صور الصفحة
PDF
النشر الإلكتروني

A daimen icker in a thrave
'S a sma' request:
I'll get a blessing wi’ the lave,
And never miss't !

Thy wee bit housie too, in ruin !
Its silly wa's the win's are strewin':
An' naething, now, to big a new ane,
O' foggage green!
An bleak December's winds ensuin'
Baith snell an' keen!

Thou saw the fields laid bare an' waste
An' weary winter comin' fast,
An' cozie here, beneath the blast,
Thou thought to dwell,
Till crash! the cruel coulter past
Out thro’ thy cell.

That wee bit heap o' leaves an' stibble
Has cost thee mony a weary,

nibble !
Now thou's turn'd out, for a'thy trouble,
But house or hald,
To thole the winter's sleety dribble
An' cranreuch cauld !

But mousie, thou art no thy lane
In proving foresight may be vain :
The best laid schemes o mice an' men
Gang aft a-gley,
An' lea'e us nought but grief and pain,
For promised joy.

Still thou art blest, compared wi' me !
The present only toucheth thee:
But, och! I backward cast my e'e
On prospects drear!
An' forward, tho' I canna see,
I guess an' fear.

Robert Burns. • 113

TO ALTHEA FROM PRISON.

When love with unconfined wings

Hovers within my gates, And my divine Althea brings

To whisper at the grates; When I lie tangled in her hair

And fettered to her eye, The birds that wanton in the air

Know no such liberty.

When flowing cups run swiftly round

With no allaying Thames,
Our careless heads with roses crowned,

Our hearts with loyal flames;
When thirsty grief in wine we steep,

When healths and draughts go freeFishes that tipple in the deep

Know no such liberty. When, linnet-like, confined, I

With shriller note shall sing
The sweetness, mercy, majesty,

And glories of my king;
When I shall voice aloud how good

He is, how great should be,
Enlarged winds, that curl the flood,

Know no such liberty.

Stone walls do not a prison make,

Nor iron bars a cage ; Minds innocent and quiet take

That for an hermitage : If I have freedom in my love,

And in my soul am free, Angels alone, that soar above, Enjoy such liberty.

Richard Lovelace.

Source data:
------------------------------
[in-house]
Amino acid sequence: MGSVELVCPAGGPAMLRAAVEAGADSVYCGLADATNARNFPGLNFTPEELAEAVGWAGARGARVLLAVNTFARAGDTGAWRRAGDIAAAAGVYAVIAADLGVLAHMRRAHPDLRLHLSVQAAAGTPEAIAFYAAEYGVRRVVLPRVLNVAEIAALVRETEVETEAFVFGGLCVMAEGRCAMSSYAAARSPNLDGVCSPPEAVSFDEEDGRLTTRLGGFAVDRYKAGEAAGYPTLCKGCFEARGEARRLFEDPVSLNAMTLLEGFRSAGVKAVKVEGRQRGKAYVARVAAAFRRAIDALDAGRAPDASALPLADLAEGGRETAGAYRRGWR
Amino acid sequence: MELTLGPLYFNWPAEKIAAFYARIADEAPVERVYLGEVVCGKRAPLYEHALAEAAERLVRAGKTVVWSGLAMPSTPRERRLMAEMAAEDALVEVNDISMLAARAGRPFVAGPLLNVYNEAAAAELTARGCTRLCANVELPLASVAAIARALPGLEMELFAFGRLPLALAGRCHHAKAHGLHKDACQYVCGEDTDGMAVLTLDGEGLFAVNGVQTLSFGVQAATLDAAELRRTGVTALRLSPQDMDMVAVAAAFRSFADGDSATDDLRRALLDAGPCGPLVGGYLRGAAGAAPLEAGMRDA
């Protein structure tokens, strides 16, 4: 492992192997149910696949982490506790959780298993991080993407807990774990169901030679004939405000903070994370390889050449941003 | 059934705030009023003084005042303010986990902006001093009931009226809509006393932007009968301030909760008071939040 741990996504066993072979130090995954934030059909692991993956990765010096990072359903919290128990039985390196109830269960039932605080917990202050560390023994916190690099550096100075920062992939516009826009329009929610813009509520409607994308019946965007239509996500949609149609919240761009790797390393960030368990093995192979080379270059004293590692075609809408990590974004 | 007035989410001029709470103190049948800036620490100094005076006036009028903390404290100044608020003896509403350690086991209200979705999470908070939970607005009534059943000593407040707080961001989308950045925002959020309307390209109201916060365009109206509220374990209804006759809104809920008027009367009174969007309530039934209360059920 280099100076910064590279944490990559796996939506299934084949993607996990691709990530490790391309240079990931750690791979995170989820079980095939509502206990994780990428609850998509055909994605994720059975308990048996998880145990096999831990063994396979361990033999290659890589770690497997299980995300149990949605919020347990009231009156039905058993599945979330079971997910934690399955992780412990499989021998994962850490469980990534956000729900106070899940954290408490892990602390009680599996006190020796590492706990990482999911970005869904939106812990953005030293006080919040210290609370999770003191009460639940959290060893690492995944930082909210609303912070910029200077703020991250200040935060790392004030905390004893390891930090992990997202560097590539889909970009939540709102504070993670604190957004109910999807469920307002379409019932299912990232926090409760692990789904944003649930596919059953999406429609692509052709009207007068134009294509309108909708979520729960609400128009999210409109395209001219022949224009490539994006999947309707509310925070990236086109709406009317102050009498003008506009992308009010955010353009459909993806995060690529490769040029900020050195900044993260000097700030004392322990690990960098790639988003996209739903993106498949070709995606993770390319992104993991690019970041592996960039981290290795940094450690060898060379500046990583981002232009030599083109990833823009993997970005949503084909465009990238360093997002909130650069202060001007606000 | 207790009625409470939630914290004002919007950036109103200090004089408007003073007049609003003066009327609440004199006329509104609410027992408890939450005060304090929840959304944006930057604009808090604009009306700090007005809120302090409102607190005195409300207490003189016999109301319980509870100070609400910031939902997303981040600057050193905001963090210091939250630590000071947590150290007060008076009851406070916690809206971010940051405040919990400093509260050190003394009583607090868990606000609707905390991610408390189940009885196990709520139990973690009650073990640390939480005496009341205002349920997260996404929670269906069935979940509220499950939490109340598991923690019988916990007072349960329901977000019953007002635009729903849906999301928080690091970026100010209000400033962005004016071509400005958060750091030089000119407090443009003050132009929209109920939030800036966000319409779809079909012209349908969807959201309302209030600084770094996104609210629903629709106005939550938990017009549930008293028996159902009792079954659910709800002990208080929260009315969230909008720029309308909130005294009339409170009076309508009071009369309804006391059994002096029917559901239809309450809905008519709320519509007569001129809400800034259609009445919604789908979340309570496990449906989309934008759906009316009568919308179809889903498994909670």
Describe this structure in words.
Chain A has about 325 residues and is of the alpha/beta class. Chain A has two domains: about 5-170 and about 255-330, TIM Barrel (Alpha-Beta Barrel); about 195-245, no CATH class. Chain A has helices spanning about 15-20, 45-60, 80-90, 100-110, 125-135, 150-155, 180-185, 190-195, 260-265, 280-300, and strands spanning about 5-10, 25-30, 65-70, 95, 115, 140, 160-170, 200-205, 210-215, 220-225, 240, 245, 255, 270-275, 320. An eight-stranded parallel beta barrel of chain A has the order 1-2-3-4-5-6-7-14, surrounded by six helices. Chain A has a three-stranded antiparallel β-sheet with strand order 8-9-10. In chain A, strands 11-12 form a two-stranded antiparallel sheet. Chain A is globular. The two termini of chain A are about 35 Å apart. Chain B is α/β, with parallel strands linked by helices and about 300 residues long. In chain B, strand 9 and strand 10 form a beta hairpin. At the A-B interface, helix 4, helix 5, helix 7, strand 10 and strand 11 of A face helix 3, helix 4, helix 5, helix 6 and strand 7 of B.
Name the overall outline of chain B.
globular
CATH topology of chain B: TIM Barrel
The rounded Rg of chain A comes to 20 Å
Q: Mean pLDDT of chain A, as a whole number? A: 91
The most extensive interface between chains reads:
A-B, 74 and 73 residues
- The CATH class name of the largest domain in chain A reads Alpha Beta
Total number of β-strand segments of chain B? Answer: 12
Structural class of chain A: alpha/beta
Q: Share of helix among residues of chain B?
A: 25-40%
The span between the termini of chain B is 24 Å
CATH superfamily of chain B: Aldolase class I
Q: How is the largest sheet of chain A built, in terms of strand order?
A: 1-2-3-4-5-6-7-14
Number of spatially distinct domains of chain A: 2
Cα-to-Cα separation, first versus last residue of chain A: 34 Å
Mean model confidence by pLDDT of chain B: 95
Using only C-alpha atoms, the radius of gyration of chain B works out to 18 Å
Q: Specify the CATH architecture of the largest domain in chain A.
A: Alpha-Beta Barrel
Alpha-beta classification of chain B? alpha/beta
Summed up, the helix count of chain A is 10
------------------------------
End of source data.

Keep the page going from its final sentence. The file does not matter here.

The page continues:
* 114*

ODE ON IMMORTALITY.

There was a time when meadow, grove, and stream, The earth and every common sight

To me did seem

Apparelled in celestial light, The glory and the freshness of a dream. It is not now as it has been of yore;

Turn wheresoe'er I may,

By night or day, The things which I have seen I now can see no more!

The rainbow comes and goes,
And lovely is the rose;

The moon doth with delight
Look round her when the heavens are bare;

Waters on a starry night

Are beautiful and fair;
The sunshine is a glorious birth;

But yet I know, where'er I go,
That there hath passed away a glory from the earth.

Now, while the birds thus sing a joyous song,

And while the young lambs nd

As to the tabor's sound,
To me alone there came a thought of grief:
A timely utterance gave that thought relief,

And I again am strong.
The cataracts blow their trumpets from the steep,-
No more shall grief of mine the season wrong;
I hear the echoes through the mountains throng,
The winds come to me from the fields of sleep,

And all the earth is gay;

Land and sea

Give themselves up to jollity,
And with the heart of May
Doth every beast keep holiday;

Thou child of joy
Shout round me, let me hear thy shouts, thou happy shep-

herd boy!

Ye blessed creatures, I have heard the call

Ye to each other make; I see The heavens laugh with you

in

your jubilee;
My heart is at your festival,

My head hath its coronal,
The fulness of your bliss, I feel I feel it all.

O evil day ! if I were sullen
While earth herself is adorning
This sweet May morning;
And the children are pulling
On every side,

In a thousand valleys far and wide,

Fresh flowers; while the sun shines warm And the babe leaps up on his mother's arm:

I hear, I hear, with joy 1 hear!

But there's a tree, of many, one,
A single field which I have looked upon,
Both of them speak of something that is gone :

The
pansy

feet
Doth the same tale repeat;
Whither is fled the visionary gleam?
Where is it now, the glory and the dream ?

at my

Our birth is but a sleep and a forgetting ;
The soul that rises with us, our life's star,

Hath had elsewhere its setting
And cometh from afar;
Not in entire forgetfulness,

And not in utter nakedness,
But trailing clouds of glory do we come

From God, who is our home. Heaven lies about us in our infancy! Shades of the prison-house begin to close

Upon the growing boy,
But he beholds the light, and whence it flows,

He sees it in his joy ;
The youth, who daily farther from the east

Must travel, still is Nature's priest,
And by the vision splendid
Is on his

way attended;
At length the man perceives it die away,
And fade into the light of common clay.

Earth fills her lap with pleasures of her own; Yearnings she hath in her own natural kind, And, even with something of a mother's mind

And no unworthy aim,

The homely nurse doth all she can To make her foster-child, her inmate, man,

Forget the glories he hath known And that imperial palace whence he came.

Behold the child among his new-born blisses,
A six years darling of a pigmy size !
See, where 'mid work of his own hand he lies
Fretted by sallies of his mother's kisses,
With light upon him from his father's eyes !
See, at his feet, some little plan or chart,
Some fragment from his dream of human life,
Shaped by himself with newly-learned art;

A wedding or a festival,
A mourning or a funeral ;

And this hath now his heart,
And unto this he frames his song;

Then will he fit his tongue
To dialogues of business, love or strife;

But it will not be long,
Ere this be thrown aside,

And with new joy and pride
The little actor cons another part;
Filling from time to time his humorous stage'
With all the persons, down to palsied age,

« السابقةمتابعة »